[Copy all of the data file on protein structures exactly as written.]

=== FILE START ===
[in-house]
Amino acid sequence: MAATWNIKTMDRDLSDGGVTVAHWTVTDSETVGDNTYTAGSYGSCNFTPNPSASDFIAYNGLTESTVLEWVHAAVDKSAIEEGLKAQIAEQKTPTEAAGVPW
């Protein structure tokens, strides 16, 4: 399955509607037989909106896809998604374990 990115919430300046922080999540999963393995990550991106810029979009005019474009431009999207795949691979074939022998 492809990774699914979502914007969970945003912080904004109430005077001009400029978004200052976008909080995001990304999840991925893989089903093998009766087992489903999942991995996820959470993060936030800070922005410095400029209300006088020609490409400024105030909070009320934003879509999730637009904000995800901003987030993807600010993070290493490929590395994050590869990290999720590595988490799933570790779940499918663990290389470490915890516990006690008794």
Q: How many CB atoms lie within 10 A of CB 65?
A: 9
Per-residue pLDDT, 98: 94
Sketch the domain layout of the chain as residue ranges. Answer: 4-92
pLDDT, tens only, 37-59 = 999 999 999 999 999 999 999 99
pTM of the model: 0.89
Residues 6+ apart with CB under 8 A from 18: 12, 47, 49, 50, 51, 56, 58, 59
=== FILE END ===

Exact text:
[in-house]
Amino acid sequence: MAATWNIKTMDRDLSDGGVTVAHWTVTDSETVGDNTYTAGSYGSCNFTPNPSASDFIAYNGLTESTVLEWVHAAVDKSAIEEGLKAQIAEQKTPTEAAGVPW
């Protein structure tokens, strides 16, 4: 399955509607037989909106896809998604374990 990115919430300046922080999540999963393995990550991106810029979009005019474009431009999207795949691979074939022998 492809990774699914979502914007969970945003912080904004109430005077001009400029978004200052976008909080995001990304999840991925893989089903093998009766087992489903999942991995996820959470993060936030800070922005410095400029209300006088020609490409400024105030909070009320934003879509999730637009904000995800901003987030993807600010993070290493490929590395994050590869990290999720590595988490799933570790779940499918663990290389470490915890516990006690008794």
Q: How many CB atoms lie within 10 A of CB 65?
A: 9
Per-residue pLDDT, 98: 94
Sketch the domain layout of the chain as residue ranges. Answer: 4-92
pLDDT, tens only, 37-59 = 999 999 999 999 999 999 999 99
pTM of the model: 0.89
Residues 6+ apart with CB under 8 A from 18: 12, 47, 49, 50, 51, 56, 58, 59